From Weinstein to O’Reilly, Ghomeshi to Trump: What are we teaching our men?

By Becky Robertson. Becky, 27, is a writer living in Toronto, Canada. Please read her article and leave your thoughts and comments below.

Though sexual harassment and assault is nothing new, recent cases with increased visibility beg the broader question of how our society is teaching men to treat women.

This past week, talented – and admittedly beloved – film mogul Harvey Weinstein joined the ranks of Roger Ailes, Bill O’Reilly, Bill Cosby, and other men of power who have, in recent months, been exposed as sexual predators. (And yes, it is possible for these men to be talented and beloved and predatory, all at once. It is important to separate these traits, though.) Male friends and industry stakeholders were quoted as shocked and dismayed in outlets like The New York Times, The New Yorker, and on Twitter, while female stars like Rose McGowan and Angelina Jolie expressed reactions that can be fairly equated to “We tried to tell you so.”

If power is to serve as a test of character, then it seems that many of our culture’s men are failing it. And the above named, along with Jian Ghomeshi, Woody Allen, and a number of others that can be counted on two hands – including arguably the most powerful man of the free world, U.S. President Donald Trump – are just the few who have been publicly outed.

These men are successful, wealthy, revered; all things that should insinuate their acceptability in at least some regard. And though they’ve each used their power to accomplish some good, in their way, they’ve also employed it in much more sinister endeavors – namely, in disrespecting women. Some of this disrespect came in crude comments, innuendos, and gendered insults; ways that many, for whatever reason, would be happy to dismiss as “locker room talk” or “boys being boys.” Some of it took the form of rape. And the majority of it fell somewhere in between, on the spectrum of violence and sexual misconduct towards women that has spanned the entirety of human civilization. A spectrum that is grand and, despite what many would like to think, not grey in the slightest, a thread connecting one act to the next, more terrible one. Any act of indignity is still just that, whether greater or lesser in severity. All still pain a victim, stripping them of their personhood whether or not clothes fell by the wayside, too.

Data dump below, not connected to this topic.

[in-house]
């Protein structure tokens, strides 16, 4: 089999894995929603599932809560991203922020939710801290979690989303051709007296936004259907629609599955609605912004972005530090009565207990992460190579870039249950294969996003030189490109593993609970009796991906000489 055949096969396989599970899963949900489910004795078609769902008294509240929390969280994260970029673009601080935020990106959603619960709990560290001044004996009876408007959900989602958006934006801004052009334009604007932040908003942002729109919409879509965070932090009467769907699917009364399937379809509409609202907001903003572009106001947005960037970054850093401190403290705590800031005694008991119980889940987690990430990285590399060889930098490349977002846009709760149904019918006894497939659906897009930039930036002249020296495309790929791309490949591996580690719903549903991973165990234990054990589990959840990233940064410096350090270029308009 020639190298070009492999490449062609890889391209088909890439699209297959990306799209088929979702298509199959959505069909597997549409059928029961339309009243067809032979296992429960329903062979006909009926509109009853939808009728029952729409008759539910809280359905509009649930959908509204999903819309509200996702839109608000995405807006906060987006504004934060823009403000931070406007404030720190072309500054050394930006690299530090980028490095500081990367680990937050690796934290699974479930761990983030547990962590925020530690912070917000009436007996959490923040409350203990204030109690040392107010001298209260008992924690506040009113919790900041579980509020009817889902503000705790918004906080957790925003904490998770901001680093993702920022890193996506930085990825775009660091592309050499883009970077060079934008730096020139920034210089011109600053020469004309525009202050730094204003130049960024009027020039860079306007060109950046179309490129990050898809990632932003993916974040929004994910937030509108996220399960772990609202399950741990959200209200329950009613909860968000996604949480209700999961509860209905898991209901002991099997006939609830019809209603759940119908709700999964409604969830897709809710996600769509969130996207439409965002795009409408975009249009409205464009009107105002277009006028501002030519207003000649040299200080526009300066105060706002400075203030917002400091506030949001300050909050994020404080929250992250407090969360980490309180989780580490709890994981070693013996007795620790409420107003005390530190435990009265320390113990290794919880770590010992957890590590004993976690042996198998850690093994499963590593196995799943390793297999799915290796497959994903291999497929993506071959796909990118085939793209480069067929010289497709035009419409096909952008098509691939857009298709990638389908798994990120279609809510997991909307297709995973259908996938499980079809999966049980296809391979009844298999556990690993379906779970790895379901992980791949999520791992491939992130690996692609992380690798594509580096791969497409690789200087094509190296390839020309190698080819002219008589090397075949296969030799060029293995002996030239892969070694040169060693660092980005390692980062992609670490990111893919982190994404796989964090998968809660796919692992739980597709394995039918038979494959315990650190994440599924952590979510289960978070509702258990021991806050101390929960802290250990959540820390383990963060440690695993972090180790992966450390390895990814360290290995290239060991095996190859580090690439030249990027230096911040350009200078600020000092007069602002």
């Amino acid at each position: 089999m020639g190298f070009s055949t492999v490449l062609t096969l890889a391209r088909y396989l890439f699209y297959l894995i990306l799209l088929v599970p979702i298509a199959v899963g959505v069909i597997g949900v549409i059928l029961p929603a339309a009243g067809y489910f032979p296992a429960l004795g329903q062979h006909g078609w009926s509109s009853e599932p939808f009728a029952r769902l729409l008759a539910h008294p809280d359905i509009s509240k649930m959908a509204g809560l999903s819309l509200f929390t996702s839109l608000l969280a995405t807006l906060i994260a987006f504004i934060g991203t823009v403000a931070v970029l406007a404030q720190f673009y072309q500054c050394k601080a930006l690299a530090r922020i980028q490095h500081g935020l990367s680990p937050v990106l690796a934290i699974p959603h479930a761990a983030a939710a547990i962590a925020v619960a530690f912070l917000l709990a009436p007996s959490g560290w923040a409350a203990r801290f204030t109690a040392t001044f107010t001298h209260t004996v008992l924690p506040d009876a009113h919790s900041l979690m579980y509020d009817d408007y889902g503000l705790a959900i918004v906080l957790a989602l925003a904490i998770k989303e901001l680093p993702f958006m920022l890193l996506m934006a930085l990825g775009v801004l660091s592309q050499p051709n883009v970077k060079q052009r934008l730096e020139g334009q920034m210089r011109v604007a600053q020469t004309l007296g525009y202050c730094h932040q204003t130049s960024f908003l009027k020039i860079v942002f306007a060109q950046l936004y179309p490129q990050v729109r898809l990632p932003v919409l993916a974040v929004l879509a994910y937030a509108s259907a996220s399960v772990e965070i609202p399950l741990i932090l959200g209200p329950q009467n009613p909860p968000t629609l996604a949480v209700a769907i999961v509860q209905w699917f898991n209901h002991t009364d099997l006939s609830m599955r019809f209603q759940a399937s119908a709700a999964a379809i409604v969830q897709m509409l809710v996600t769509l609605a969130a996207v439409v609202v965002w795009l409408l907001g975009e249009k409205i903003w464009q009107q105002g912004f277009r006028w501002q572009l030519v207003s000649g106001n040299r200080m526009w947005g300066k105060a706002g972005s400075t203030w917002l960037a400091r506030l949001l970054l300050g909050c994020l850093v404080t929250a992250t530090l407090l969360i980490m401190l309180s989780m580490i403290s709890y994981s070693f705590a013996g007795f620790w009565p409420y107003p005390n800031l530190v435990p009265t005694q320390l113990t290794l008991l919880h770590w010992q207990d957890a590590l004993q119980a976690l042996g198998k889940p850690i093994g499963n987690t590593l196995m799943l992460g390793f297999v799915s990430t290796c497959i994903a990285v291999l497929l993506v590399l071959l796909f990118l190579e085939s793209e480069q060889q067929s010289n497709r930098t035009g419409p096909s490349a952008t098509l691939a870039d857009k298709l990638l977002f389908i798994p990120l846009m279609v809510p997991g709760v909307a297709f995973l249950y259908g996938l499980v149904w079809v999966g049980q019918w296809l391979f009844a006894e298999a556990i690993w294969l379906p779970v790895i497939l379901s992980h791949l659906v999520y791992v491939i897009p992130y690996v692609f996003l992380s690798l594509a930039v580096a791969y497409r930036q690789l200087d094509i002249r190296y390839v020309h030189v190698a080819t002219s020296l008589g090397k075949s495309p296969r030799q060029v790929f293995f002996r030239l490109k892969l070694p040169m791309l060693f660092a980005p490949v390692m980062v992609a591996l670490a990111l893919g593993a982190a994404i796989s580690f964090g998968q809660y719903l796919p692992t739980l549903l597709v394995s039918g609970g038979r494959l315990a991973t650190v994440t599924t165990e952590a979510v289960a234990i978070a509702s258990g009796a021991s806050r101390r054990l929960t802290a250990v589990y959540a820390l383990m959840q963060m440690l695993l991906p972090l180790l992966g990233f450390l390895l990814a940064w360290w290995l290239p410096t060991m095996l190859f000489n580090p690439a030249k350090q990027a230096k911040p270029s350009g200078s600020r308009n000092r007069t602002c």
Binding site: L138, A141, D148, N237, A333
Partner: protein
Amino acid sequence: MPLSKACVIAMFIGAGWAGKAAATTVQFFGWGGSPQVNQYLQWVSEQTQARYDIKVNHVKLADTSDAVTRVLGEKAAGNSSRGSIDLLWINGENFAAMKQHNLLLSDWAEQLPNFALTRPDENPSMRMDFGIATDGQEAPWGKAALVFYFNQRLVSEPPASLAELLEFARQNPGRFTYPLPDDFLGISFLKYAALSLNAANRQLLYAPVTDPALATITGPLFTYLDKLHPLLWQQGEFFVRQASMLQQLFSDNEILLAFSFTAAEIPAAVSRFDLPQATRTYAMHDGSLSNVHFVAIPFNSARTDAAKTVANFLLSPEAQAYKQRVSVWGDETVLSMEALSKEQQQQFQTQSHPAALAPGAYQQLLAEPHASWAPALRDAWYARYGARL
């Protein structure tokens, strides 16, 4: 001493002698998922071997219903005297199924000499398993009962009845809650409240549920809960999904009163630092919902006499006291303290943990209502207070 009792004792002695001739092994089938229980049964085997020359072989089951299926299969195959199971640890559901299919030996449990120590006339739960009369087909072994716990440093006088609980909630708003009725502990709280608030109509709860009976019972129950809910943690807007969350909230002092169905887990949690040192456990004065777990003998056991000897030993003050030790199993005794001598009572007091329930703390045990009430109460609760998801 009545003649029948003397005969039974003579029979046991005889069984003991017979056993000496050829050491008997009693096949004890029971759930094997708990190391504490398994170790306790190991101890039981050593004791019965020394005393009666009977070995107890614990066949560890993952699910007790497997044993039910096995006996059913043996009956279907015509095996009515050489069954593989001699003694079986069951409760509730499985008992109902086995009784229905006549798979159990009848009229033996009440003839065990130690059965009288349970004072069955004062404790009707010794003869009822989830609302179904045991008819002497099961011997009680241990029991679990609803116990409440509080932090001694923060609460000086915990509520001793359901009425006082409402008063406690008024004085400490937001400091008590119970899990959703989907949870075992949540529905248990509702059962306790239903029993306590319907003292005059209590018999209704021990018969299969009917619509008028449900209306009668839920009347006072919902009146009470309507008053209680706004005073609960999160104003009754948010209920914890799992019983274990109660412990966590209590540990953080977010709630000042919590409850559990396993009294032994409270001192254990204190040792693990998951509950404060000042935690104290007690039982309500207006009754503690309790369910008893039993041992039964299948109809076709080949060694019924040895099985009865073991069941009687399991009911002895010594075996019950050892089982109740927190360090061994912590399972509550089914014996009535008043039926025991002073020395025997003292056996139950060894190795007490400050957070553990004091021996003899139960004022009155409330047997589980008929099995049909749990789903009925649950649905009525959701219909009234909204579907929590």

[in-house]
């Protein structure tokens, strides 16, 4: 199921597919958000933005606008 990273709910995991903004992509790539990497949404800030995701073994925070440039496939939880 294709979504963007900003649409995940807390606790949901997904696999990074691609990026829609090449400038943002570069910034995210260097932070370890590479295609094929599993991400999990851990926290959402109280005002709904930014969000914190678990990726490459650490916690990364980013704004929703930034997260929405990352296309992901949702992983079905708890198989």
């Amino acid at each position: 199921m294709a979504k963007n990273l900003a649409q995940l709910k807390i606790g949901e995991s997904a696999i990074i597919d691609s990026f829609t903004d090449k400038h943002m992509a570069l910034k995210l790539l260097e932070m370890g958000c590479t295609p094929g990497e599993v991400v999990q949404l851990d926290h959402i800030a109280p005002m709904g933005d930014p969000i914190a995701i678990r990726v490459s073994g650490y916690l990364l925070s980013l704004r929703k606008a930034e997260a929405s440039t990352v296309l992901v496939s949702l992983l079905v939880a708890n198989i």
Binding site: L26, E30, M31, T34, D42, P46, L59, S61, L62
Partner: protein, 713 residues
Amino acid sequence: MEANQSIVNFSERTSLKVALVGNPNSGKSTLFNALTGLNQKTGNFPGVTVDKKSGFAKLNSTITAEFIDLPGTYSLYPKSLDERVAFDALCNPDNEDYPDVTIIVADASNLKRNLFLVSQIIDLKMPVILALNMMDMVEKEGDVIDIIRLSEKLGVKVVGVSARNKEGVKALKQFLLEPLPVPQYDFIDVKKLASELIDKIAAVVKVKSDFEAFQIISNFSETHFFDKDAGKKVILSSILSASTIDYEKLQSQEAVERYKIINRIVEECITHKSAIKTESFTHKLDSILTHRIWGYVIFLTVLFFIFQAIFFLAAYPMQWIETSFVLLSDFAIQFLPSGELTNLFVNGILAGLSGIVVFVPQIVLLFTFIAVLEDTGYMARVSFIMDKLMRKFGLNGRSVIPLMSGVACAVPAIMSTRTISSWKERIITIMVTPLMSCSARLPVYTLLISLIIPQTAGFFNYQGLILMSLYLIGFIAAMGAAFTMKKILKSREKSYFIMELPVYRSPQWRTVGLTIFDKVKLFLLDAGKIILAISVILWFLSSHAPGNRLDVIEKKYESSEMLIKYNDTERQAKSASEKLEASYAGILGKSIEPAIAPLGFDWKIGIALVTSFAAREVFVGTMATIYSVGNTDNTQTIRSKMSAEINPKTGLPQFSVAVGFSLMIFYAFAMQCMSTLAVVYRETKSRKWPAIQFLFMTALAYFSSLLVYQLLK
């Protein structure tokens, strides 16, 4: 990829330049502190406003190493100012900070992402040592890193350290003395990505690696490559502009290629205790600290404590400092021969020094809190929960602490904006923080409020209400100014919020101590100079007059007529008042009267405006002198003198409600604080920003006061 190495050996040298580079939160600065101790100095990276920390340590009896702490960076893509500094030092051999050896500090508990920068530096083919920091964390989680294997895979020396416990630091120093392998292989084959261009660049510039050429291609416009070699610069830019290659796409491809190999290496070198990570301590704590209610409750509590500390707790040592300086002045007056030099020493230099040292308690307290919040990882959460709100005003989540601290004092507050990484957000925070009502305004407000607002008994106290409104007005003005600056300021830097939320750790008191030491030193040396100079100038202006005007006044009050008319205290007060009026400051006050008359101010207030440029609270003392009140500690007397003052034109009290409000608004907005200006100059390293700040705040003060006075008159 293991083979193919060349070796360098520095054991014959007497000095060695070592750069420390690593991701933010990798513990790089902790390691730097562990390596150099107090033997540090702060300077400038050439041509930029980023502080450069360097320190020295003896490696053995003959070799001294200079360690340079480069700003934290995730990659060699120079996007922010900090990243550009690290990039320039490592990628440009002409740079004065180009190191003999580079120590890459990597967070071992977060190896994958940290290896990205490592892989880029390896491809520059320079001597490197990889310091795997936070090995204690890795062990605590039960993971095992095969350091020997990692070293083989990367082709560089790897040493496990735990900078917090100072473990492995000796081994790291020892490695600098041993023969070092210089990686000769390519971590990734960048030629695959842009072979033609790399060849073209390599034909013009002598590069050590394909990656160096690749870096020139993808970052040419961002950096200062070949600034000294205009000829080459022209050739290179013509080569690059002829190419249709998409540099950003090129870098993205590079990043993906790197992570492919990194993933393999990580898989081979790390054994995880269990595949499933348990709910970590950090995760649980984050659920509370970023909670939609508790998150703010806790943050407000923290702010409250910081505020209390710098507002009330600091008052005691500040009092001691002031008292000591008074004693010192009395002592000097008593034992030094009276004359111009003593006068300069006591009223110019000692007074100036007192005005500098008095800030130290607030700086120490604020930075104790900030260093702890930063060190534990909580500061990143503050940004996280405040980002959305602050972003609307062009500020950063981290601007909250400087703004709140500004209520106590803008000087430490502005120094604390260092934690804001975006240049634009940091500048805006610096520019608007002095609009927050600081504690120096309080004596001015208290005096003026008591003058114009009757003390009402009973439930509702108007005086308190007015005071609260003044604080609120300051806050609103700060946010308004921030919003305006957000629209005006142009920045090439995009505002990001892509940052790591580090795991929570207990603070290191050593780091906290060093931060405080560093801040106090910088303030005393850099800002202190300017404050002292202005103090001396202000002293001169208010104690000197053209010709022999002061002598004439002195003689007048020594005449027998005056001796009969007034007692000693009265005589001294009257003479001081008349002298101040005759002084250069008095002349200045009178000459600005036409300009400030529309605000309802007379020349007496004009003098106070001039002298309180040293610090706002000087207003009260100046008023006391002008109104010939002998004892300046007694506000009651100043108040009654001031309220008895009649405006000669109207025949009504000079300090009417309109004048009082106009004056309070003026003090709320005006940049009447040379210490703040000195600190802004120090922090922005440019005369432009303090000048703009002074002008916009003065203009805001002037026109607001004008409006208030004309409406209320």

An additional trait these men share is the fact that they are all well-educated, holding at least one degree from a recognized American university. And yet somewhere, their education in the worldly sense fell short. What had their friends, peers, and fathers taught them about how to wield power and how to treat others? How to treat a woman? What did society teach them beyond their scholarly education?

These stories hit close to home in 2017 because we as a society now have to face the realization that it was one of us. Someone our system educated; someone our system admired. Historically, the rare times a case of sexual assault was brought to court or even spoken about, there was always a sense of designating perpetrators of these types of crime as outliers, as individuals outside of societal norms – when in fact, it is our societal norms that manufacture this type of behavior. Our collective mindset likes to “other” sexual predators, saying things like “not all men.” We imagine strange men in dark alleys or criminals breaking into bedrooms. We don’t like to have to conceive of the devil we know: friends, former lovers, current lovers, coworkers, bosses. We don’t like to have to consider how the way we raise men has led to this.

Women, unfortunately, tend to know different than these antiquated assault myths from their personal experiences, which again have rarely been aired. One of the few non-awful things to come of all of the aforementioned cases is the fact that voices are getting stronger and once-hidden stories of what happens all-too-often are being heard.

Another silver lining is the fact that a dialogue has been started where before there was only silence. The conversation may be shrugged off by some or deemed too awkward by others, but it is being carried on by some people, somewhere; more people than ever before. Dialogues about believing victims. About what kinds of basic human respect a person deserves, regardless of race or sexual orientation of physical ability or gender. About what we are teaching our youth, inside of institutions and outside in the world. And if there is any hope to be had, it is in listening and learning.



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